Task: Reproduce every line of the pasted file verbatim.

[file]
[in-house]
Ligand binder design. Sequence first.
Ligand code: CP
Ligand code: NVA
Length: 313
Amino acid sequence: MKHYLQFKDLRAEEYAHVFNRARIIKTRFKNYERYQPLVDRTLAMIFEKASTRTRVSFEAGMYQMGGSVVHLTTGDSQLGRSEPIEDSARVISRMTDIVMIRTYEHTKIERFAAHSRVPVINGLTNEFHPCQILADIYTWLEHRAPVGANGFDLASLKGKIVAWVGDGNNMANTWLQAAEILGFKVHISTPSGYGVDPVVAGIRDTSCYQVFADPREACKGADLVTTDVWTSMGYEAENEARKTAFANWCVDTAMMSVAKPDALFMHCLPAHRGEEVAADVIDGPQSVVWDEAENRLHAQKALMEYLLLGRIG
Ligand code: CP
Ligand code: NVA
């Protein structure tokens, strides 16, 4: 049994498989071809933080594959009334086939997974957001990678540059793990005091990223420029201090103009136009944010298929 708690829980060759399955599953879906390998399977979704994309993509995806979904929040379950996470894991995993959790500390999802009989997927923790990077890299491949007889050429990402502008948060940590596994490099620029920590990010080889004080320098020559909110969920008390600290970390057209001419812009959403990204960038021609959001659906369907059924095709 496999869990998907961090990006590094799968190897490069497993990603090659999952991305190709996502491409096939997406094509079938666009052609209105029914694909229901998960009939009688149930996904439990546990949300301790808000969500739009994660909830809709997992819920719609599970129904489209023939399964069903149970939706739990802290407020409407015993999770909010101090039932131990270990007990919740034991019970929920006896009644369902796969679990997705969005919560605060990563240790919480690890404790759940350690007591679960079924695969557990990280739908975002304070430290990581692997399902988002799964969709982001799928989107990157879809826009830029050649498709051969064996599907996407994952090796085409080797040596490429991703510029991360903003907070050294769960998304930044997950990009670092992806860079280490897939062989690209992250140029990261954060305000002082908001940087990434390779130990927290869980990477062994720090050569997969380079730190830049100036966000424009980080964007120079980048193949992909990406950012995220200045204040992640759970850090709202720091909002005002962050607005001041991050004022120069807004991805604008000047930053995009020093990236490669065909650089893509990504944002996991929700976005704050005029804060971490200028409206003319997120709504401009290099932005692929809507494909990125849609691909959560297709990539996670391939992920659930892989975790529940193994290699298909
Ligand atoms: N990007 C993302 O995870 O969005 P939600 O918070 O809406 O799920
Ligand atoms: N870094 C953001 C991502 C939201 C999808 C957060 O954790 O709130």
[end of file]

[in-house]
Ligand binder design. Sequence first.
Ligand code: CP
Ligand code: NVA
Length: 313
Amino acid sequence: MKHYLQFKDLRAEEYAHVFNRARIIKTRFKNYERYQPLVDRTLAMIFEKASTRTRVSFEAGMYQMGGSVVHLTTGDSQLGRSEPIEDSARVISRMTDIVMIRTYEHTKIERFAAHSRVPVINGLTNEFHPCQILADIYTWLEHRAPVGANGFDLASLKGKIVAWVGDGNNMANTWLQAAEILGFKVHISTPSGYGVDPVVAGIRDTSCYQVFADPREACKGADLVTTDVWTSMGYEAENEARKTAFANWCVDTAMMSVAKPDALFMHCLPAHRGEEVAADVIDGPQSVVWDEAENRLHAQKALMEYLLLGRIG
Ligand code: CP
Ligand code: NVA
């Protein structure tokens, strides 16, 4: 049994498989071809933080594959009334086939997974957001990678540059793990005091990223420029201090103009136009944010298929 708690829980060759399955599953879906390998399977979704994309993509995806979904929040379950996470894991995993959790500390999802009989997927923790990077890299491949007889050429990402502008948060940590596994490099620029920590990010080889004080320098020559909110969920008390600290970390057209001419812009959403990204960038021609959001659906369907059924095709 496999869990998907961090990006590094799968190897490069497993990603090659999952991305190709996502491409096939997406094509079938666009052609209105029914694909229901998960009939009688149930996904439990546990949300301790808000969500739009994660909830809709997992819920719609599970129904489209023939399964069903149970939706739990802290407020409407015993999770909010101090039932131990270990007990919740034991019970929920006896009644369902796969679990997705969005919560605060990563240790919480690890404790759940350690007591679960079924695969557990990280739908975002304070430290990581692997399902988002799964969709982001799928989107990157879809826009830029050649498709051969064996599907996407994952090796085409080797040596490429991703510029991360903003907070050294769960998304930044997950990009670092992806860079280490897939062989690209992250140029990261954060305000002082908001940087990434390779130990927290869980990477062994720090050569997969380079730190830049100036966000424009980080964007120079980048193949992909990406950012995220200045204040992640759970850090709202720091909002005002962050607005001041991050004022120069807004991805604008000047930053995009020093990236490669065909650089893509990504944002996991929700976005704050005029804060971490200028409206003319997120709504401009290099932005692929809507494909990125849609691909959560297709990539996670391939992920659930892989975790529940193994290699298909
Ligand atoms: N990007 C993302 O995870 O969005 P939600 O918070 O809406 O799920
Ligand atoms: N870094 C953001 C991502 C939201 C999808 C957060 O954790 O709130």